Mechanical Principles of Cellular Self-Organization

Univ.- Prof. Dr. Sara Checa Esteban

Learn more about our research area mechanical principles of cellular self-organization.

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Cell organization in a piece of fibrilar extracellular matrix under inhomogeneous physical boundary conditions where cells have a tendency for stiff or soft environments (Cells are represented as dipoles). Contour plots of the deformation of the extracellular matrix due to cell traction forces.

Cells, the active component of tissues, are continuously interacting with their extracellular matrix (ECM) to maintain, remodel, regenerate or in some cases also degenerate tissue function and properties. Among others, mechanical interactions are fundamental in many physiological and pathological situations such as embryogenesis, wound healing, tumour invasion and connective tissue morphogenesis. We are interested in understanding the mechanical interactions between the cells and the extracellular matrix and their implications for cellular and tissue organization.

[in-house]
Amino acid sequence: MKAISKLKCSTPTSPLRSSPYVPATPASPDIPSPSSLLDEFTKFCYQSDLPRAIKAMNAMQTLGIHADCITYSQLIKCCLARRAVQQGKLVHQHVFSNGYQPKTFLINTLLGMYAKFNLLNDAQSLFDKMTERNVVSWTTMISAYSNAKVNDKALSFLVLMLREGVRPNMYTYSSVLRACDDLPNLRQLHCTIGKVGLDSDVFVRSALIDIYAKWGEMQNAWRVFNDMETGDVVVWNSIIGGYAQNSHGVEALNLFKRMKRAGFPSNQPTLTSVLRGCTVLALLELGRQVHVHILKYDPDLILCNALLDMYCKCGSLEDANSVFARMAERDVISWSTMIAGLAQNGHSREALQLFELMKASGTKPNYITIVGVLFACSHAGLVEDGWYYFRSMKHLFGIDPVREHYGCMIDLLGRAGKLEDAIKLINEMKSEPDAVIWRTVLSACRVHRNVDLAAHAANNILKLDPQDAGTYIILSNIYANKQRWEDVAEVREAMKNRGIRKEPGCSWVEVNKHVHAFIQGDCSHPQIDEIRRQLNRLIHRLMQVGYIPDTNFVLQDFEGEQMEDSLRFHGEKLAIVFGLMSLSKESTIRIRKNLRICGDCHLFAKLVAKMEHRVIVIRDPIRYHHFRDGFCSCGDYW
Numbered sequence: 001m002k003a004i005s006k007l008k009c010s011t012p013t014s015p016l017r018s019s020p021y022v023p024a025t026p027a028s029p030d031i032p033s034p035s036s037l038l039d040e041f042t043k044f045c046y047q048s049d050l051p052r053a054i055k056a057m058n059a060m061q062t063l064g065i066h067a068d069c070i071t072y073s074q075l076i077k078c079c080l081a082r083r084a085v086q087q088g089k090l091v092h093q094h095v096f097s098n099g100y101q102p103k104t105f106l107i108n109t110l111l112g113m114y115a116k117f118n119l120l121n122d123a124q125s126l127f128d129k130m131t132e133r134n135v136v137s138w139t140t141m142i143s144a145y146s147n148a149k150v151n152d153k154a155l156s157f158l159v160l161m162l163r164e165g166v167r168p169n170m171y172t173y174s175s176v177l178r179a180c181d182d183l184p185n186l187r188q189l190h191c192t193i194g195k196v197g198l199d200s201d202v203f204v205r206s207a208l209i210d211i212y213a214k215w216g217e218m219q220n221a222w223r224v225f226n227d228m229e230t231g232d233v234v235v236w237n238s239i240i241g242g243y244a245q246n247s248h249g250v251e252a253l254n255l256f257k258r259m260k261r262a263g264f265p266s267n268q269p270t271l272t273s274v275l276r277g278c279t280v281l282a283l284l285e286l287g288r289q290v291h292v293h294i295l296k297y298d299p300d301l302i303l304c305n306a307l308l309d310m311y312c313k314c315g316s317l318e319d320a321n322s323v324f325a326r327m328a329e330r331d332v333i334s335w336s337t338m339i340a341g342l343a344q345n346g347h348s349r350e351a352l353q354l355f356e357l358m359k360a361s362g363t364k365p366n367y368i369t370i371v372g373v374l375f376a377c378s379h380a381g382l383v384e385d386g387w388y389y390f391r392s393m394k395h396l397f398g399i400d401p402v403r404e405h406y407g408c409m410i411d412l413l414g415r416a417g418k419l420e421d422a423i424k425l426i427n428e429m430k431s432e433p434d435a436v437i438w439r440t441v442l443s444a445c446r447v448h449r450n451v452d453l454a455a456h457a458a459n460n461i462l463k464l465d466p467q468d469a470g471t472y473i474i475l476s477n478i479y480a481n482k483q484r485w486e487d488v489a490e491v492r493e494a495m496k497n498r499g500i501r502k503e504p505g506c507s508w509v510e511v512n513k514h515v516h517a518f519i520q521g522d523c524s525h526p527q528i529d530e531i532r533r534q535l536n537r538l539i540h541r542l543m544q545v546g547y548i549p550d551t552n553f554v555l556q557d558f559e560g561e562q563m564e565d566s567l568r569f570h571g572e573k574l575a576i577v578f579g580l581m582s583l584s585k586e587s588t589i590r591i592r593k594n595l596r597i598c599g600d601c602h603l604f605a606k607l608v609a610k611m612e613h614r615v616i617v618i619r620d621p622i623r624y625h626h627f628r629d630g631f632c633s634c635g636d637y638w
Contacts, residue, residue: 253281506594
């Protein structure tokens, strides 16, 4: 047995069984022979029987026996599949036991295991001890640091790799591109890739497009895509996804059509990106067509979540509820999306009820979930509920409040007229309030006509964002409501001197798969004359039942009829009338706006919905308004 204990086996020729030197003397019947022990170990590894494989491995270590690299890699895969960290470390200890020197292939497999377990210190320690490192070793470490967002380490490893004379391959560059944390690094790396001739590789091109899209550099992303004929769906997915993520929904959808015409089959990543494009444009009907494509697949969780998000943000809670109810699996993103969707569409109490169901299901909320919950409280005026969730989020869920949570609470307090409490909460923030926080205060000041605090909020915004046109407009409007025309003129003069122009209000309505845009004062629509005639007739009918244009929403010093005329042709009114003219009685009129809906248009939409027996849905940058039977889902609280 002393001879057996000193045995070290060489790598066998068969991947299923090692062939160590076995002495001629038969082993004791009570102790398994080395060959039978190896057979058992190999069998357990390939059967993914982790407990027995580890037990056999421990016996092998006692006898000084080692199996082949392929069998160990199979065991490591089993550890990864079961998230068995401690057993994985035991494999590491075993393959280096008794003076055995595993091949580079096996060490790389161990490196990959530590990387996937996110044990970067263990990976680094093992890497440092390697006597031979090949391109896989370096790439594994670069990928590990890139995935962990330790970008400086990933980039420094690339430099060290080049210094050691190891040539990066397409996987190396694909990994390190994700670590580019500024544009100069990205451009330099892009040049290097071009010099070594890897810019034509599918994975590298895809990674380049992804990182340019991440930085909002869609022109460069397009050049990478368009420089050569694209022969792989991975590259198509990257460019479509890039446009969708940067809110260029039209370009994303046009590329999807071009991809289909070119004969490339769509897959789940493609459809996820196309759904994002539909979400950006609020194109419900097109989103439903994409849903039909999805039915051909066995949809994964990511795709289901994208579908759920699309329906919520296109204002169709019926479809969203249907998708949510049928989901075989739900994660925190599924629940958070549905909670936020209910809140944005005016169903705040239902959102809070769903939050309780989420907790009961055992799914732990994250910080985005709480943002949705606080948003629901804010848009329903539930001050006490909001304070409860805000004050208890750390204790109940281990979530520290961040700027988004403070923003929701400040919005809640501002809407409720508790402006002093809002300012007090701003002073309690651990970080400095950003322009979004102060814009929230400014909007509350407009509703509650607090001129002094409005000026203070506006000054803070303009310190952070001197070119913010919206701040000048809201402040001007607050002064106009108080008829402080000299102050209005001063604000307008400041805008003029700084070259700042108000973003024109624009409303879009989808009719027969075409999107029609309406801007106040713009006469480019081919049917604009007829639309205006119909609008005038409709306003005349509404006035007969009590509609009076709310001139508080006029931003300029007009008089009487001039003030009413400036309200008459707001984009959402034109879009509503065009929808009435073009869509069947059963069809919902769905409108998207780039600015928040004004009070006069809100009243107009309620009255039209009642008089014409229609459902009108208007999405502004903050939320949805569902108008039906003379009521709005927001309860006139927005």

Checa S, Rausch M, Petersen A, Kuhl E, Duda G. (2014) The Emergence of Extracellular Matrix Mechanics and Cell Traction Forces as Important Regulators of Cellular Self-organization. Biomechanics and Modeling in Mechanobiology, 14(1):1-13